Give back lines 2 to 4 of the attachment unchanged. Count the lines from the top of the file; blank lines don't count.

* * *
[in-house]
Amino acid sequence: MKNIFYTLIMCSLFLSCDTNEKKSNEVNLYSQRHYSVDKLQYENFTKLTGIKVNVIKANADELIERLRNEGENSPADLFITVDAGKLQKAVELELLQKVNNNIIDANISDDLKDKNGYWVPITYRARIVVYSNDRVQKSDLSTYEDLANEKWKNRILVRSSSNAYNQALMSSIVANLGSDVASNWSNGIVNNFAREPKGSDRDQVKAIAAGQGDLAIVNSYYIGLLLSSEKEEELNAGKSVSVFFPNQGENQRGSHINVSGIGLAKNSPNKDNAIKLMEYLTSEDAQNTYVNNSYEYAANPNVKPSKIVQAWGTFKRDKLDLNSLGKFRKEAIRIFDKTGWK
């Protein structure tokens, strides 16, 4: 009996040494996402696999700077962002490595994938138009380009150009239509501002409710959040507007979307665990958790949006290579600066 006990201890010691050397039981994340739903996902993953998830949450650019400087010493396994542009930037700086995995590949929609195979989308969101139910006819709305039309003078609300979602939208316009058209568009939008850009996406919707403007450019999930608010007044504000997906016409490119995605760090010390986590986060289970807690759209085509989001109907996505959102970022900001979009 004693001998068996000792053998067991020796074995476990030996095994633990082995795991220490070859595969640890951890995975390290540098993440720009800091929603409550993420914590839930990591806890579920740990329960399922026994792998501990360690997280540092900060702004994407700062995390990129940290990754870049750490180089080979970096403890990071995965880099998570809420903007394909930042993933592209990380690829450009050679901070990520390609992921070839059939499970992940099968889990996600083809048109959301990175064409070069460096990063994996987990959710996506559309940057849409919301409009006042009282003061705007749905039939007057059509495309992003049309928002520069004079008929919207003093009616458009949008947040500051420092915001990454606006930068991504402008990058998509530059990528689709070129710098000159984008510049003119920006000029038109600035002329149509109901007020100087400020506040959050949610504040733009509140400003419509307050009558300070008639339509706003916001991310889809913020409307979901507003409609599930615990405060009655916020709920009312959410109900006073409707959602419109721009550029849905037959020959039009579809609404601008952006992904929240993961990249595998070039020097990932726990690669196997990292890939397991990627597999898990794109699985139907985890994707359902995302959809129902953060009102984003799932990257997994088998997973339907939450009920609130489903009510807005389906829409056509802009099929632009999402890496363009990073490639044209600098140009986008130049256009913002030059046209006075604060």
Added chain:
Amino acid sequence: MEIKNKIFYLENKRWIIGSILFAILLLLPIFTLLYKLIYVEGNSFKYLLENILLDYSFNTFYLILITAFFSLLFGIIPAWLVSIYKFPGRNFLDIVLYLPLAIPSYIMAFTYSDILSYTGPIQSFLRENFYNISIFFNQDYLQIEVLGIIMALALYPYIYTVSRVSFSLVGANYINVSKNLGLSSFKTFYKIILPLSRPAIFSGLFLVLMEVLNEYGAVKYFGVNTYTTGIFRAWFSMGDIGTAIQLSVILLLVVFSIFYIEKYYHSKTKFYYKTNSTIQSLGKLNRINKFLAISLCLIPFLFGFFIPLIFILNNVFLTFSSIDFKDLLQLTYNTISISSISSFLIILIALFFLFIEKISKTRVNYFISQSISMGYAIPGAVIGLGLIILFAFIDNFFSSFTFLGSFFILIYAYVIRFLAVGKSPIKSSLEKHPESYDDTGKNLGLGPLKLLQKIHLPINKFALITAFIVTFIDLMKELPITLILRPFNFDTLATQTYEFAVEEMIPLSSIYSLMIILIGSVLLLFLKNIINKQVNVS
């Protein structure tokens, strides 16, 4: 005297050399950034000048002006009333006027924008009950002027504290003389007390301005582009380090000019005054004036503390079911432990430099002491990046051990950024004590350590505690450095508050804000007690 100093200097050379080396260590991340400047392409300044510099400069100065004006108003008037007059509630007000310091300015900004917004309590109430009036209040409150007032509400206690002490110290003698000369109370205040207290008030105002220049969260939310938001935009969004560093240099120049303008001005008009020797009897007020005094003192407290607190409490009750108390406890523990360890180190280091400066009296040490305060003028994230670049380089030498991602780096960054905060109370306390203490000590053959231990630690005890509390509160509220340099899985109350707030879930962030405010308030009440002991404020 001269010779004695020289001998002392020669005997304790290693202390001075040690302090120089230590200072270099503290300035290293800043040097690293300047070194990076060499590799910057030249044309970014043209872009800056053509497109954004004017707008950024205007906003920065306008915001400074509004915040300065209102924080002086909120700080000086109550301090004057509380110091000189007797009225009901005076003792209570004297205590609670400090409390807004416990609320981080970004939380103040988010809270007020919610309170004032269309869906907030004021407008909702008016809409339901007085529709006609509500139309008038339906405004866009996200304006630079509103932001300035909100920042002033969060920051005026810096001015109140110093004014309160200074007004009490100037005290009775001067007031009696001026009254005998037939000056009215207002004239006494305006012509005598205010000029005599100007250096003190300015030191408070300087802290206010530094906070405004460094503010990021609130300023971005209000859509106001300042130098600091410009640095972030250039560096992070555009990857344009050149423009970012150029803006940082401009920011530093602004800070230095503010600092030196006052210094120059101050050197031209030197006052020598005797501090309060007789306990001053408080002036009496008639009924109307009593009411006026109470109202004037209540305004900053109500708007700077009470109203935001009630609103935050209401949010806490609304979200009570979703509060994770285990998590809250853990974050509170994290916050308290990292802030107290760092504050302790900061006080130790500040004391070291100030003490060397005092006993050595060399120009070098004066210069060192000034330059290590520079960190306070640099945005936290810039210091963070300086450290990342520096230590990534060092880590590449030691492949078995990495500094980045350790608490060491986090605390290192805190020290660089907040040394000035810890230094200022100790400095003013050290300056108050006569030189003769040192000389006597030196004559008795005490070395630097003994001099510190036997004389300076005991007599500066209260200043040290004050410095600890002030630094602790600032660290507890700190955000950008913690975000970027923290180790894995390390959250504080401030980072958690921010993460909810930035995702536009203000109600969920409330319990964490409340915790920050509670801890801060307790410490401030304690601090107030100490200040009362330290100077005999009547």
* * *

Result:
Amino acid sequence: MKNIFYTLIMCSLFLSCDTNEKKSNEVNLYSQRHYSVDKLQYENFTKLTGIKVNVIKANADELIERLRNEGENSPADLFITVDAGKLQKAVELELLQKVNNNIIDANISDDLKDKNGYWVPITYRARIVVYSNDRVQKSDLSTYEDLANEKWKNRILVRSSSNAYNQALMSSIVANLGSDVASNWSNGIVNNFAREPKGSDRDQVKAIAAGQGDLAIVNSYYIGLLLSSEKEEELNAGKSVSVFFPNQGENQRGSHINVSGIGLAKNSPNKDNAIKLMEYLTSEDAQNTYVNNSYEYAANPNVKPSKIVQAWGTFKRDKLDLNSLGKFRKEAIRIFDKTGWK
């Protein structure tokens, strides 16, 4: 009996040494996402696999700077962002490595994938138009380009150009239509501002409710959040507007979307665990958790949006290579600066 006990201890010691050397039981994340739903996902993953998830949450650019400087010493396994542009930037700086995995590949929609195979989308969101139910006819709305039309003078609300979602939208316009058209568009939008850009996406919707403007450019999930608010007044504000997906016409490119995605760090010390986590986060289970807690759209085509989001109907996505959102970022900001979009 004693001998068996000792053998067991020796074995476990030996095994633990082995795991220490070859595969640890951890995975390290540098993440720009800091929603409550993420914590839930990591806890579920740990329960399922026994792998501990360690997280540092900060702004994407700062995390990129940290990754870049750490180089080979970096403890990071995965880099998570809420903007394909930042993933592209990380690829450009050679901070990520390609992921070839059939499970992940099968889990996600083809048109959301990175064409070069460096990063994996987990959710996506559309940057849409919301409009006042009282003061705007749905039939007057059509495309992003049309928002520069004079008929919207003093009616458009949008947040500051420092915001990454606006930068991504402008990058998509530059990528689709070129710098000159984008510049003119920006000029038109600035002329149509109901007020100087400020506040959050949610504040733009509140400003419509307050009558300070008639339509706003916001991310889809913020409307979901507003409609599930615990405060009655916020709920009312959410109900006073409707959602419109721009550029849905037959020959039009579809609404601008952006992904929240993961990249595998070039020097990932726990690669196997990292890939397991990627597999898990794109699985139907985890994707359902995302959809129902953060009102984003799932990257997994088998997973339907939450009920609130489903009510807005389906829409056509802009099929632009999402890496363009990073490639044209600098140009986008130049256009913002030059046209006075604060």
Added chain: